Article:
Persons With Disabilities
The 1996 Equal Opportunity for Persons with Disabilities Law prohibits discrimination, provides for health care services, and mandates provision of access to buildings for persons with disabilities. This law is not enforced widely, and many buildings remain inaccessible to persons with disabilities. In July 2000, a government study concluded that only 35 percent of the law's stated goals had been implemented. Nonetheless, a number of public and private institutions have made individual efforts to improve access. In 1999 the PANI and the Ministry of Education published specific classroom guidelines for assisting children with hearing loss, motor difficulties, attention deficit disorder, and mental retardation. In October 2000, the Ministry reported that since 1998 there had been a 20 percent increase in special education services offered throughout the country, and that 116 special education centers had been created.
The Ministry of Education operates a Program for Persons with Disabilities, and in November President Rodriguez's wife received an award from Goodwill Industries for her efforts to support it. The program includes a national resource center that provides parents, students, and teachers with advanced counseling, training, and information services.
The total population of about 3.8 million includes nearly 40,000 indigenous persons among 8 ethnic groups. Most live in traditional communities on 22 reserves which, because of their remote location, often lack access to schools, health care, electricity, and potable water. The Government, through the National Indigenous Commission, distributed identification cards to facilitate access to public medical facilities in 1999. The Government also built a medical clinic and several community health centers in indigenous areas. The Ombudsman has an office to investigate violations of the rights of indigenous people. In 1999 a group of indigenous persons from Puntarenas challenged the constitutionality of the 1978 Indigenous Law because of their inability to possess private property on the reservation. The Supreme Court's Constitutional Chamber rejected this challenge in January 2000.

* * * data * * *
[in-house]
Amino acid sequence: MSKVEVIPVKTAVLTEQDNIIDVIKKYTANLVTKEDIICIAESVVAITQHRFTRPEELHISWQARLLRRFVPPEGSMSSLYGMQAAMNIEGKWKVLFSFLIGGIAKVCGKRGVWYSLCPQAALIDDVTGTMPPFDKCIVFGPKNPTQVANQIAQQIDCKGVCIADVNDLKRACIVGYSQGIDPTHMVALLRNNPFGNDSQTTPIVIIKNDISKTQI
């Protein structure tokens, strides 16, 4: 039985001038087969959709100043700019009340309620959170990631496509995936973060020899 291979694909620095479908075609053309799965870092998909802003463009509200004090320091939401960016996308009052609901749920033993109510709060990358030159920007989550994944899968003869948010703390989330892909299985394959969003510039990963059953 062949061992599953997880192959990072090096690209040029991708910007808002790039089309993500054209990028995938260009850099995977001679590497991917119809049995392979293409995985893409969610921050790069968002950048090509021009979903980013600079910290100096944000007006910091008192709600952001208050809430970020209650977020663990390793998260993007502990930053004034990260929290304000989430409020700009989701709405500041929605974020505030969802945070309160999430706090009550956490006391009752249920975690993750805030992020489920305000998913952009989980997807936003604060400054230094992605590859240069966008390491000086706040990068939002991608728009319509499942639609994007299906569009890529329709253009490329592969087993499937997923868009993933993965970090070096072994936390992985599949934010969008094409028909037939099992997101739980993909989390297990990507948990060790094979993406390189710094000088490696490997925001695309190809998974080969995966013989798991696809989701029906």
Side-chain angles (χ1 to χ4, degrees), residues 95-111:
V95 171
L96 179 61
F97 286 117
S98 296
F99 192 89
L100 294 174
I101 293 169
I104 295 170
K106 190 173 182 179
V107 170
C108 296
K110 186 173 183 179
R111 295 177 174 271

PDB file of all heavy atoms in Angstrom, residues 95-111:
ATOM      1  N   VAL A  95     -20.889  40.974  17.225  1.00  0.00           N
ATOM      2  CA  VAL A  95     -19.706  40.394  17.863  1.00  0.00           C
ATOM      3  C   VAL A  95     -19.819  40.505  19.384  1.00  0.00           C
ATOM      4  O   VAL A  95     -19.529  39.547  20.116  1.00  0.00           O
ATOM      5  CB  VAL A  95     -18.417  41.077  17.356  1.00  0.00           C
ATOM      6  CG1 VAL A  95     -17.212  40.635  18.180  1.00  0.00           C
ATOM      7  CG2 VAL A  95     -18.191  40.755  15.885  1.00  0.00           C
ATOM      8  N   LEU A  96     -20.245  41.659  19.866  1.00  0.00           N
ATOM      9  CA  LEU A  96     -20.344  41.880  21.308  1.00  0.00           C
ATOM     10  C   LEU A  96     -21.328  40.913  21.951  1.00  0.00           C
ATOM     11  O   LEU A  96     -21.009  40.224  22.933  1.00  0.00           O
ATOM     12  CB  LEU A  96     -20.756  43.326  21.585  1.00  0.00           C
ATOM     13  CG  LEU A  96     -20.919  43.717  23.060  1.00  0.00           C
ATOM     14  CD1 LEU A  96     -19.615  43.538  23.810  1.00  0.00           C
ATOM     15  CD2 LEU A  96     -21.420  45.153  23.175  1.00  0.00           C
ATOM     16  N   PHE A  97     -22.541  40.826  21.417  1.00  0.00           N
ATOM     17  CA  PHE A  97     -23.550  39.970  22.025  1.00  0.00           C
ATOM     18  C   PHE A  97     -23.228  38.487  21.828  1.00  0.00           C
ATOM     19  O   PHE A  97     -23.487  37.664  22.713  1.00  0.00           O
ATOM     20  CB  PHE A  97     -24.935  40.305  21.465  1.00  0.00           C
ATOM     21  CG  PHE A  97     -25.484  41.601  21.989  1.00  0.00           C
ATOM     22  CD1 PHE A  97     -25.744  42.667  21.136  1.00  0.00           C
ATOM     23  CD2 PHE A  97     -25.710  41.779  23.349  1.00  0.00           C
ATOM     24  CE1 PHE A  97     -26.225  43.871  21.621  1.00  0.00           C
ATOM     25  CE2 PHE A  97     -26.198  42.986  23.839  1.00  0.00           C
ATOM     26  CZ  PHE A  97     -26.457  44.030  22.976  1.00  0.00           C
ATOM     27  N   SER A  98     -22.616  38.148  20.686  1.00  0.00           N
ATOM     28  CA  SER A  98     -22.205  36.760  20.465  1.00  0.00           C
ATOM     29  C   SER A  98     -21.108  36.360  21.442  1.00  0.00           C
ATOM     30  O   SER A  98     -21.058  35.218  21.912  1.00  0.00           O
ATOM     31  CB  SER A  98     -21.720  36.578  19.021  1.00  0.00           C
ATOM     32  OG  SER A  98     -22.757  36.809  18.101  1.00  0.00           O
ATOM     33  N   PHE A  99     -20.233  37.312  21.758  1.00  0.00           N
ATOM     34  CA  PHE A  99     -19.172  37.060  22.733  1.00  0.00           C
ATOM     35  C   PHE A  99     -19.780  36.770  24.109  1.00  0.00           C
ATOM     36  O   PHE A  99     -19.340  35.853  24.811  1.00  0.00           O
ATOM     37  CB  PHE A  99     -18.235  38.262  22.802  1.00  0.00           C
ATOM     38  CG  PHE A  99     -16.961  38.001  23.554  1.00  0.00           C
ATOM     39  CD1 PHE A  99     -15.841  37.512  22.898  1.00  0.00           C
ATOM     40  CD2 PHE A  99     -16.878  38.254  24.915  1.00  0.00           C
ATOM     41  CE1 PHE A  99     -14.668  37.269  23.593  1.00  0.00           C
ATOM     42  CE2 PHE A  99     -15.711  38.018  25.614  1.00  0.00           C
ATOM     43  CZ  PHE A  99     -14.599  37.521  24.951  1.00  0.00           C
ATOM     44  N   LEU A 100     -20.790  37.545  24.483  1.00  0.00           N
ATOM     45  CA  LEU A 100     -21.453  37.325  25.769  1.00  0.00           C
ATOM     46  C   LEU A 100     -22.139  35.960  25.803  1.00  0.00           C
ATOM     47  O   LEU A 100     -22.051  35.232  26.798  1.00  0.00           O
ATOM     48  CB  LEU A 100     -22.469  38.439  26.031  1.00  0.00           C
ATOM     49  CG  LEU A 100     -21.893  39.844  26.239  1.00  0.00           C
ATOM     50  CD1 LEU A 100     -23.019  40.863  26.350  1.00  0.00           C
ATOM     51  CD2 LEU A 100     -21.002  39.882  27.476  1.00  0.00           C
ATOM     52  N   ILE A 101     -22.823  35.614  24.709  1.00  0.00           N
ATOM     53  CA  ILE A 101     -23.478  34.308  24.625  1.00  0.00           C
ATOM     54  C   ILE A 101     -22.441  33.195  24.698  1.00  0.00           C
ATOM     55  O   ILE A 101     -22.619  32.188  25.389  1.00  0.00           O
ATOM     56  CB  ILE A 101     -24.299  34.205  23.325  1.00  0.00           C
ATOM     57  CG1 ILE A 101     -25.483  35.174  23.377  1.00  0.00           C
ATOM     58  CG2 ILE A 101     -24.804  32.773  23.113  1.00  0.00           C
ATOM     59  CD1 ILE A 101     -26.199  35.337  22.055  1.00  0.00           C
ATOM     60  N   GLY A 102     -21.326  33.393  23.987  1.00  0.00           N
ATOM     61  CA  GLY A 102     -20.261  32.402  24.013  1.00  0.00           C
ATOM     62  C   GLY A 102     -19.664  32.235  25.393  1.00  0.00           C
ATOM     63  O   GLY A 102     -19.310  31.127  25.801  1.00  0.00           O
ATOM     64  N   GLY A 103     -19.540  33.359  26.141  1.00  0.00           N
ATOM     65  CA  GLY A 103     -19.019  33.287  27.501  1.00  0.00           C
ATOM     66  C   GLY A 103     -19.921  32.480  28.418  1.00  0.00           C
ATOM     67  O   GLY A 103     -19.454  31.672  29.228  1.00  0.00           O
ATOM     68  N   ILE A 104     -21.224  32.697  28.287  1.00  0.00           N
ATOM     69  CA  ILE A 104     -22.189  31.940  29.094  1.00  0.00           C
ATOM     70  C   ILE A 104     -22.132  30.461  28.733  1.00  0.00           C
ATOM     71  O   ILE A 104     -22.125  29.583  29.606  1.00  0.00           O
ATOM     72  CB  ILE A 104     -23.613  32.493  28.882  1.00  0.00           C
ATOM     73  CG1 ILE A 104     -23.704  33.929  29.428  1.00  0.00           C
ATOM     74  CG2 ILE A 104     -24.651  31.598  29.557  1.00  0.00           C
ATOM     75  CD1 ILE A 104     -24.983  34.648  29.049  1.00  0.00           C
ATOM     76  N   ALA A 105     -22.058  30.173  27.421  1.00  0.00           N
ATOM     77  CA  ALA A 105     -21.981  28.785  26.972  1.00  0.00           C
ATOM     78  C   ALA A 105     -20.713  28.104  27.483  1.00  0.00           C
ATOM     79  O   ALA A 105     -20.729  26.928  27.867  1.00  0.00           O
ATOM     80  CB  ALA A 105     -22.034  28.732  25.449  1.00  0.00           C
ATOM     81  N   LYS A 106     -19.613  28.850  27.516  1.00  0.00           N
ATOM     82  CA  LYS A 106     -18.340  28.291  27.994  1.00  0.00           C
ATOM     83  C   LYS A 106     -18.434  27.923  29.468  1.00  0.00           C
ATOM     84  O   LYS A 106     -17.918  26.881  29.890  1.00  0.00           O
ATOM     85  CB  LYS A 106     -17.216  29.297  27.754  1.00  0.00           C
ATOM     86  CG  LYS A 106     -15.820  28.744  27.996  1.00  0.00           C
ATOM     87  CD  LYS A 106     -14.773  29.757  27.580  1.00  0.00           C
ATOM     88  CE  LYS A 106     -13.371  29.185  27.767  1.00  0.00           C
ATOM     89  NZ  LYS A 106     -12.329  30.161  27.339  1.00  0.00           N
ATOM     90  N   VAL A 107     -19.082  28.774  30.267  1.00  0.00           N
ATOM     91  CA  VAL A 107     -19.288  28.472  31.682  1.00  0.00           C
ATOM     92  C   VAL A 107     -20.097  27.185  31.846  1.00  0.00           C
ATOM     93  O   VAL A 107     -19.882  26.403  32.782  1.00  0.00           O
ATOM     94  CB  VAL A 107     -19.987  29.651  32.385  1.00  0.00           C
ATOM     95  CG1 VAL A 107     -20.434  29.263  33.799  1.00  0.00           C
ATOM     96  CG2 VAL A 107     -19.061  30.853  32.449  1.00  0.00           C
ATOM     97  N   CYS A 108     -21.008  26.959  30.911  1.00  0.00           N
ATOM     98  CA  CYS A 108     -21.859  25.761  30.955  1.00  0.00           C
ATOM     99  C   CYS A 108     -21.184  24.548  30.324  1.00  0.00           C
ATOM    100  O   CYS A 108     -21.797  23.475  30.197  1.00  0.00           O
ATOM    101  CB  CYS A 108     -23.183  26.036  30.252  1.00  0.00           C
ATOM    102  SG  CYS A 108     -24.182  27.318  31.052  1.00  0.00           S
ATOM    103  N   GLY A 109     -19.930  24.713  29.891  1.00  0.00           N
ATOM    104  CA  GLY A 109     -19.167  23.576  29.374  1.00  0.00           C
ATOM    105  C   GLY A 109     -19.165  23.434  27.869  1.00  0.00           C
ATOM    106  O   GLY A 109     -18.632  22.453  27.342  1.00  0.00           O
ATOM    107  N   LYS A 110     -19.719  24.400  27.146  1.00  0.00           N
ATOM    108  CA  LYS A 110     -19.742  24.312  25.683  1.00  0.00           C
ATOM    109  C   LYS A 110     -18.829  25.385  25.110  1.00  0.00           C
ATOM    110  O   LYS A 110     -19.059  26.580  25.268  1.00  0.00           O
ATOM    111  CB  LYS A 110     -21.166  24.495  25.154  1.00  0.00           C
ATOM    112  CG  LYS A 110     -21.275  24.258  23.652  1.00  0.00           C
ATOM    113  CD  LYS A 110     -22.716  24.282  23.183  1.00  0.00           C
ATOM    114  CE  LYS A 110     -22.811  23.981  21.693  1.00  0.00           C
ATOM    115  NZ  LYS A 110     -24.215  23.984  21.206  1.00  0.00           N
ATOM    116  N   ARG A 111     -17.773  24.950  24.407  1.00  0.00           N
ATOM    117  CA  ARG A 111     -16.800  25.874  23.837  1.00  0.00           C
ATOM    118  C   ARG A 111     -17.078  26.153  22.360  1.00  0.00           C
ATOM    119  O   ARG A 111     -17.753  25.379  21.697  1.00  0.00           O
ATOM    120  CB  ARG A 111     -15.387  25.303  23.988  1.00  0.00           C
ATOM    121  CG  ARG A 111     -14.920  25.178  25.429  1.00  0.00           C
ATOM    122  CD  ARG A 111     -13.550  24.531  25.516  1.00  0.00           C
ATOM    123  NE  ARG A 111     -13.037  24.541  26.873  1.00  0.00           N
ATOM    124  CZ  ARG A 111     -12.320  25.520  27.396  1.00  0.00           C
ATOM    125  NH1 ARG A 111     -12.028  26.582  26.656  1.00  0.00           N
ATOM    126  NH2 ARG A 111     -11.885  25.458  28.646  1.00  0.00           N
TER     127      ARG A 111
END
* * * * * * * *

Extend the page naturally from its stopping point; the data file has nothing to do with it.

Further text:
6. Worker Rights
a. The Right of Association
The law specifies the right of workers to join unions of their choosing without prior authorization, although barriers exist in practice. About 15 percent of the work force is unionized and approximately 80 percent of all union members are public sector employees. Unions operate independently of government control.
Some trade union leaders contend that "solidarity" associations infringe upon the right of association. Solidarity associations are nondues paying organizations that offer membership services, including credit union programs, matching-fund savings accounts, and low-interest loans; in some instances, employees have access to both trade union membership and solidarity association services.
In 1995 the ILO Committee of Experts (COE) encouraged the Government to approve legislation to allow unions to administer compensation funds for dismissed workers and to repeal labor code provisions restricting the right to strike in certain nonessential public, agricultural, and forestry sectors. The International Confederation of Free Trade Unions reported that the Labor Ministry provided information about newly formed unions to employers who then encouraged formation of solidarity associations and blacklisted union members. The Labor Ministry denied the reports but acknowledged that solidarity association culture is deeply embedded. During 1999 and 2000, the Labor Ministry received six complaints charging antiunion discrimination. The Labor Ministry provided restitution to aggrieved workers in two cases through administrative mechanisms. Courts resolved the remaining 4 cases; in 3 cases involving 16 workers, they were reinstated to their jobs, and in 1 case involving 3 workers, the court dismissed the complaint.